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Visceral larva migrans

Toxocara canis, T. cati


Toxocariasis or visceral larva migrans is caused by the migration of nematode larvae to various organs. Human serve as a transport host in which larvae of Toxocara canis (dog as final host) or Toxocara cati (cat as final host) cannot develop to adult worms. Larvae may remain viable in various tissues for years.


Life cycle of Tococara spp.


Humans (mainly children) become infected by ingestion of soil contaminated with infective Toxocara eggs in which second-stage larvae have developed. Direct infection from dogs to humans is therefore not possible. Puppies are epidemiologically the most important egg excreters. They become infected by transplacental and transmammary migration of T. canis larvae and pass eggs in their stools by the time they are 3 weeks old. In adult dogs, the infection remains dormant.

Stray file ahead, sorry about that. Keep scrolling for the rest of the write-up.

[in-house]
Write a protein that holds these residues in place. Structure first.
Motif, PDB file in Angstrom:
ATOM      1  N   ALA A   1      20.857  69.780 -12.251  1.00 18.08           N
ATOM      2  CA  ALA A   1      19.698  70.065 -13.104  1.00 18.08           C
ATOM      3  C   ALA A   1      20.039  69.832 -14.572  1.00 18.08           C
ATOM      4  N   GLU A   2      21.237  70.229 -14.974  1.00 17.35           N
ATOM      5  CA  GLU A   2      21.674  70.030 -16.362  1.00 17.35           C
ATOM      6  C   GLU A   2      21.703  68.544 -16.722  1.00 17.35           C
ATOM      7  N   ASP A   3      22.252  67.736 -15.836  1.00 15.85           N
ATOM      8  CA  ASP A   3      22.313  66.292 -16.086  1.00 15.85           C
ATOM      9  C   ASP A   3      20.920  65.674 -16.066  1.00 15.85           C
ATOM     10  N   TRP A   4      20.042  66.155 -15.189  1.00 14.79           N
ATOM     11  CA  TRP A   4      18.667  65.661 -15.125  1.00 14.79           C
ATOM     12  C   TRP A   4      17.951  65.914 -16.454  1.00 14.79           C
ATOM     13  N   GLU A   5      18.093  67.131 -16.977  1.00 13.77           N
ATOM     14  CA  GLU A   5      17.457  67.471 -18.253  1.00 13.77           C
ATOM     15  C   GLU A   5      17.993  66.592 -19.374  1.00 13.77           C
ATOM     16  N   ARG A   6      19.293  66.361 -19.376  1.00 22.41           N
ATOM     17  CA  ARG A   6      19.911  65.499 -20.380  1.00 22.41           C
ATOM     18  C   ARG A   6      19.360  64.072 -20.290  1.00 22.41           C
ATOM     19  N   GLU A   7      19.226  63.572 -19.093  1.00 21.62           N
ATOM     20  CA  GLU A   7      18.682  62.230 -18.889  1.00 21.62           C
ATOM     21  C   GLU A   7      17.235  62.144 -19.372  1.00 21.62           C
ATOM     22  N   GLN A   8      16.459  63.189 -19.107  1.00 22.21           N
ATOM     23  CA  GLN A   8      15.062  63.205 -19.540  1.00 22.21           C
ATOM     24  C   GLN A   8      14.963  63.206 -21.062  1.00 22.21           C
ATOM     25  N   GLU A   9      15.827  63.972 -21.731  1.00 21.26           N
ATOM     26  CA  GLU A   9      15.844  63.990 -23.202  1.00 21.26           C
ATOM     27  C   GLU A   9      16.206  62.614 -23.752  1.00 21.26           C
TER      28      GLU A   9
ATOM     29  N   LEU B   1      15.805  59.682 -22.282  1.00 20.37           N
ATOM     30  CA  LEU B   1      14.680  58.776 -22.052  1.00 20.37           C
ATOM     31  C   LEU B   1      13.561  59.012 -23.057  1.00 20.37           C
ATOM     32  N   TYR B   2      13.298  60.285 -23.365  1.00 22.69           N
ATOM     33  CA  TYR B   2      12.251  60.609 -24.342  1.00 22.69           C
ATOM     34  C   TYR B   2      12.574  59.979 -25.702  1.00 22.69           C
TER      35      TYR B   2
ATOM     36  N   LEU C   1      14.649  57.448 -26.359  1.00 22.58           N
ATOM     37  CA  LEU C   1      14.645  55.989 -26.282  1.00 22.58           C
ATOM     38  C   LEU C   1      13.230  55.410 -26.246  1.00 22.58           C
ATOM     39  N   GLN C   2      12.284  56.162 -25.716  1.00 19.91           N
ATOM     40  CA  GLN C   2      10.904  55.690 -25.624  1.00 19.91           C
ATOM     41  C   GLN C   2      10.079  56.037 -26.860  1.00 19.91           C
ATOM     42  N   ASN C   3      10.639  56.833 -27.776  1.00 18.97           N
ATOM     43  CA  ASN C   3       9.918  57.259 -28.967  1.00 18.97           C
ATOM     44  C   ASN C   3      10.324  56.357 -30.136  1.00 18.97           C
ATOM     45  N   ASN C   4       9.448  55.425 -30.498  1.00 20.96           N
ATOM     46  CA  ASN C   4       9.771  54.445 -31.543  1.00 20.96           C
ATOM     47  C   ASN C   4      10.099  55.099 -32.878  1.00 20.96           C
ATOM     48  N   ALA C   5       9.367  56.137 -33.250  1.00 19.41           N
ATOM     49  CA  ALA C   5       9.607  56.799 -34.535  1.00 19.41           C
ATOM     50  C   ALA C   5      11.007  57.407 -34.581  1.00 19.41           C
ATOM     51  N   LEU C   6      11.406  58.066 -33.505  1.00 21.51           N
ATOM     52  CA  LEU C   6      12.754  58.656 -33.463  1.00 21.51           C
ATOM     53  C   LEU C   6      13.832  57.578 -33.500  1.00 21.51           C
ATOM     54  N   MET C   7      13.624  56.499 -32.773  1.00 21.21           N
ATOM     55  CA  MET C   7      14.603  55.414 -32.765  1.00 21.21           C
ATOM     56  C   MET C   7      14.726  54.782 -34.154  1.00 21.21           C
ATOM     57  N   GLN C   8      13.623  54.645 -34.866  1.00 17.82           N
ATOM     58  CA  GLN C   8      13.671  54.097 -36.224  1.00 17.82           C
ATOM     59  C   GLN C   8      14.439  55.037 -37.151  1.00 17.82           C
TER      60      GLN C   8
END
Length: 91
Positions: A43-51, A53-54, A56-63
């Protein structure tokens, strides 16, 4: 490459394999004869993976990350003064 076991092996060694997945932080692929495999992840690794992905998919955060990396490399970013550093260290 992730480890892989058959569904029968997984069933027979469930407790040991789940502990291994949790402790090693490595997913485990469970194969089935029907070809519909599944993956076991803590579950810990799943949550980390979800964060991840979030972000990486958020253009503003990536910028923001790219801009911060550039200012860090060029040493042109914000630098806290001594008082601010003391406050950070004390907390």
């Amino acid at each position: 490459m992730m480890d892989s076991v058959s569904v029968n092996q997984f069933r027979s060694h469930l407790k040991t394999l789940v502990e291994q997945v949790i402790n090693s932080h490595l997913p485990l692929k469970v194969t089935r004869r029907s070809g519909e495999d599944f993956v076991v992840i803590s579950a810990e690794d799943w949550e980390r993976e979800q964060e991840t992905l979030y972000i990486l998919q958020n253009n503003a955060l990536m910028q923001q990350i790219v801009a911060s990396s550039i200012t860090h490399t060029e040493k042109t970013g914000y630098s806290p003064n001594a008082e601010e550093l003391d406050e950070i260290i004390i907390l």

In humans embryonated eggs hatch in the small intestine, penetrate across the epithelium and are then distributed via the blood in all parts of the body. In rare cases, they may cause disease.